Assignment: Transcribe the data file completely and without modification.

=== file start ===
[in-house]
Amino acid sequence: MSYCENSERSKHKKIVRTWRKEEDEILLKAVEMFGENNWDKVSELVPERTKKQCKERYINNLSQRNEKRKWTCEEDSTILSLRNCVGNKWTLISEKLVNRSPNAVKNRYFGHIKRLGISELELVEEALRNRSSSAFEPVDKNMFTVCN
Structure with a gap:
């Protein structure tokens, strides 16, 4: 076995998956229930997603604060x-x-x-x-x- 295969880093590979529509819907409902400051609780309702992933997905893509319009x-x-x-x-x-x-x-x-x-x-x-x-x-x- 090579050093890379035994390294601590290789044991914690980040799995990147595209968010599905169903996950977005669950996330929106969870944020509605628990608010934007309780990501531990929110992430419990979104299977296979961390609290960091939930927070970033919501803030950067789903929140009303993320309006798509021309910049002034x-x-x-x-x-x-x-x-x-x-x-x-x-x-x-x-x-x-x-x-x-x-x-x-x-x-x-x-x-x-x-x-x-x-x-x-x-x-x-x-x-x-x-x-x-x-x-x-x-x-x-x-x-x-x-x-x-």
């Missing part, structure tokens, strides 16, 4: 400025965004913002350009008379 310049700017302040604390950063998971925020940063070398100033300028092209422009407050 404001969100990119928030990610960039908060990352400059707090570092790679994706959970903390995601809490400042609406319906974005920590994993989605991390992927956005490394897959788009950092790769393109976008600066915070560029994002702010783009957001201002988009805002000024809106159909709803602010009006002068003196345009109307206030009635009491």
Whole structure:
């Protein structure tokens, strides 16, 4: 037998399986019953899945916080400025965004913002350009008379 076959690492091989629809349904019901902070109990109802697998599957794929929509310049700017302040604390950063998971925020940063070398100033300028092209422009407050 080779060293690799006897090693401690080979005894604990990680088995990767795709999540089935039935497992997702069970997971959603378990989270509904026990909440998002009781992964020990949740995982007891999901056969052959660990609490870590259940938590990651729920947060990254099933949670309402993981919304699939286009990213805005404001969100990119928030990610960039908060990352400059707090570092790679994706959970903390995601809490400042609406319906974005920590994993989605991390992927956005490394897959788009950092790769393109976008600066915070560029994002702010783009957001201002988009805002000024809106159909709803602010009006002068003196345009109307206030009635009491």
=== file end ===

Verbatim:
[in-house]
Amino acid sequence: MSYCENSERSKHKKIVRTWRKEEDEILLKAVEMFGENNWDKVSELVPERTKKQCKERYINNLSQRNEKRKWTCEEDSTILSLRNCVGNKWTLISEKLVNRSPNAVKNRYFGHIKRLGISELELVEEALRNRSSSAFEPVDKNMFTVCN
Structure with a gap:
């Protein structure tokens, strides 16, 4: 076995998956229930997603604060x-x-x-x-x- 295969880093590979529509819907409902400051609780309702992933997905893509319009x-x-x-x-x-x-x-x-x-x-x-x-x-x- 090579050093890379035994390294601590290789044991914690980040799995990147595209968010599905169903996950977005669950996330929106969870944020509605628990608010934007309780990501531990929110992430419990979104299977296979961390609290960091939930927070970033919501803030950067789903929140009303993320309006798509021309910049002034x-x-x-x-x-x-x-x-x-x-x-x-x-x-x-x-x-x-x-x-x-x-x-x-x-x-x-x-x-x-x-x-x-x-x-x-x-x-x-x-x-x-x-x-x-x-x-x-x-x-x-x-x-x-x-x-x-």
């Missing part, structure tokens, strides 16, 4: 400025965004913002350009008379 310049700017302040604390950063998971925020940063070398100033300028092209422009407050 404001969100990119928030990610960039908060990352400059707090570092790679994706959970903390995601809490400042609406319906974005920590994993989605991390992927956005490394897959788009950092790769393109976008600066915070560029994002702010783009957001201002988009805002000024809106159909709803602010009006002068003196345009109307206030009635009491």
Whole structure:
């Protein structure tokens, strides 16, 4: 037998399986019953899945916080400025965004913002350009008379 076959690492091989629809349904019901902070109990109802697998599957794929929509310049700017302040604390950063998971925020940063070398100033300028092209422009407050 080779060293690799006897090693401690080979005894604990990680088995990767795709999540089935039935497992997702069970997971959603378990989270509904026990909440998002009781992964020990949740995982007891999901056969052959660990609490870590259940938590990651729920947060990254099933949670309402993981919304699939286009990213805005404001969100990119928030990610960039908060990352400059707090570092790679994706959970903390995601809490400042609406319906974005920590994993989605991390992927956005490394897959788009950092790769393109976008600066915070560029994002702010783009957001201002988009805002000024809106159909709803602010009006002068003196345009109307206030009635009491």